Autism investigation prompts concerns of under-diagnosis in care system

By Joe Lepper

| 23 May 2017

An investigation into the prevalence of autism among children in care has prompted concerns that many are not being diagnosed and are missing out on important support as a result.

Concerns have been raised that autistic children in the care system are not receiving the support they require. Picture: The National Autistic Society

Freedom of Information (FOI) requests to 145 councils have revealed widespread differences in the proportion of looked-after children diagnosed with autism.

Among councils that responded, 19 (13 per cent) did not know whether any of their looked-after children had been diagnosed with autism, while six declined to respond.

Of the 120 councils that did supply figures, two said none of their looked-after children had been diagnosed. This includes the Corporation of London which had just eight children in its care when the request was made, and also Calderdale Council, which had a children in care population of 301.

A further two councils, Sandwell and Oldham, reported figures below the national prevalence rate of 1.1 per cent. When the request was made they had looked-after children populations of 587 and 476 respectively.

In contrast, Walsall Council reported that 81 (12.7 per cent) of its 636 looked after children population had been diagnosed with the disability, which affects how a person communicates and relates to other people and the world around them.

The average rate of autism diagnosis among councils was three per cent.

The FOI requests were made by the parent of an autistic child with experience of the care system, who is in talks with academics to use the findings as a basis for further research.

The parent, who asked to remain anonymous, said the findings give weight to the argument that councils are either failing to properly record the number of children in care who have autism, or that children in care are being under-diagnosed in the first place. 

"Many (councils) expressed misgivings about the accuracy of their records," she said.

"Some local authorities' believe it is the responsibility of another agency to record information on numbers of children in care within the local authority with a diagnosis of autism."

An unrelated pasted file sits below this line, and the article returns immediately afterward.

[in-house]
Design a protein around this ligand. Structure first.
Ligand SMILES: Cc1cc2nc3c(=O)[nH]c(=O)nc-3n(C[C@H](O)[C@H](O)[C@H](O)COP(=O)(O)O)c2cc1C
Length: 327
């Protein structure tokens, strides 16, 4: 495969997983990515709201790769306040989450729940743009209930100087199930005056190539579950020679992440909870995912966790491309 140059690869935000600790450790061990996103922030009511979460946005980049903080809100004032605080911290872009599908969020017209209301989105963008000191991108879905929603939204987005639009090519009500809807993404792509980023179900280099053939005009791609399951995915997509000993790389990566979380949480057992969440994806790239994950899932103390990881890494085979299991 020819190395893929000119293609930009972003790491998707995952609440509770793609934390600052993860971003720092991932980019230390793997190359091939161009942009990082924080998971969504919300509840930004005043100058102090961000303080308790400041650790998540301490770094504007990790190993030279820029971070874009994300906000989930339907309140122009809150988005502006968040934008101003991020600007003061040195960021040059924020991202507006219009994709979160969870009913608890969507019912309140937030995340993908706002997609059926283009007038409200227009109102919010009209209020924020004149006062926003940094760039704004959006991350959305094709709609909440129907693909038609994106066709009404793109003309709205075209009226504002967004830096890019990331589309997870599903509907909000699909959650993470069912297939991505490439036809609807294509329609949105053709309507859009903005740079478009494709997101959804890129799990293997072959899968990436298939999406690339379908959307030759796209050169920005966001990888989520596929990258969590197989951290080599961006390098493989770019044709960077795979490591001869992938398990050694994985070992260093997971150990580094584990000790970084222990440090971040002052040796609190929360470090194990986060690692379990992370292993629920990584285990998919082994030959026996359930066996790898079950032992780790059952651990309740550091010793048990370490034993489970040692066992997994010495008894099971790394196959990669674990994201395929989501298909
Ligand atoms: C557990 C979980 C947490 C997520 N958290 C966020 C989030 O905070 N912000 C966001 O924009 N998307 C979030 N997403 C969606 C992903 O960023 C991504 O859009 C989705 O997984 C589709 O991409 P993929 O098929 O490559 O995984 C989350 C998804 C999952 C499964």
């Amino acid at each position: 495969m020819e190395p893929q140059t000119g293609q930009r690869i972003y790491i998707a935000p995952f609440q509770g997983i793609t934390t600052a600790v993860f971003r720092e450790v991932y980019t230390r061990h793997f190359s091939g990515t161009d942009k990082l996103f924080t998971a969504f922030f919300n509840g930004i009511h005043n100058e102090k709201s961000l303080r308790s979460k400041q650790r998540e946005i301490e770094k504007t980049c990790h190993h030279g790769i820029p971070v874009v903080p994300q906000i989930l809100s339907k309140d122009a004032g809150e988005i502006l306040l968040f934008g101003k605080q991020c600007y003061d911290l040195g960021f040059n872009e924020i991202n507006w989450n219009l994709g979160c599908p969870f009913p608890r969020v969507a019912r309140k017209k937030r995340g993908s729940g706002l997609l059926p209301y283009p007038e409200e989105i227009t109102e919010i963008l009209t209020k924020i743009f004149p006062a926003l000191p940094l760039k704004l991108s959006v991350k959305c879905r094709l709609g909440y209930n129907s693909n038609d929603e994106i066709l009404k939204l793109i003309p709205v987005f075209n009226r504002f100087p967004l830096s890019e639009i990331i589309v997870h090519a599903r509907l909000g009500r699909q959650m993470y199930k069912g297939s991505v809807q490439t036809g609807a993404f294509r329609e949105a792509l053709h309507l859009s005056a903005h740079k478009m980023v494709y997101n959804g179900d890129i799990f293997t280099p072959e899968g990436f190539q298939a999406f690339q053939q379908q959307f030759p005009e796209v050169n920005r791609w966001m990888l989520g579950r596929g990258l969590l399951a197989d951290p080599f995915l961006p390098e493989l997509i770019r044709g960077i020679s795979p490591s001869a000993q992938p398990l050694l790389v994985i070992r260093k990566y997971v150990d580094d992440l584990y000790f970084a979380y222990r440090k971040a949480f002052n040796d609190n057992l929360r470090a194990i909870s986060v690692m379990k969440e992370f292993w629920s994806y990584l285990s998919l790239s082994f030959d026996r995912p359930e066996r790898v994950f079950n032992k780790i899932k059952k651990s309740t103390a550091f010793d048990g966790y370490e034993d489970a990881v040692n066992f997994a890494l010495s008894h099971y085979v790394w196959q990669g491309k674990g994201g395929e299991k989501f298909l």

She said that some councils may be "autism-blind" by failing to pursue a diagnosis as they see the disability's symptoms, which include behavioural problems, as being "emotional or trauma related".

As a result, many children are receiving inappropriate support to address perceived problems such as attachment issues, rather than necessary support for autism, she said.

"Autism awareness and specialist autism training must be a priority for workforce development within professions and within local authorities so all become better at understanding and meeting the needs of autistic children including autistic looked-after children," she said.

She has also called for councils to link up with local health professionals to collect accurate information related to their autistic looked-after children population, and for the Department for Education to work with the Department of Health to do more to encourage councils to collect such information.

National Autistic Society policy manager Tim Nicholls said: "This is deeply concerning and means that some children go through the care system without a full understanding of their needs or the right support in place, which could have a serious effect on their long-term prospects. 

"Every local authority, who act as parents to children in care, has to assess each child's needs as early as possible and we believe this should include identifying autism.

"With more than 1 in 100 people on the autism spectrum, it is almost certain that every local authority will have an autistic child in their care.

"It's crucial that all local authorities should examine reported levels of autism among looked-after children - especially if they are low - and make sure they have the right systems in place to identify autistic children and their needs.

"Being autistic can be difficult but we've seen again and again how awareness, understanding and early support can make all the difference."

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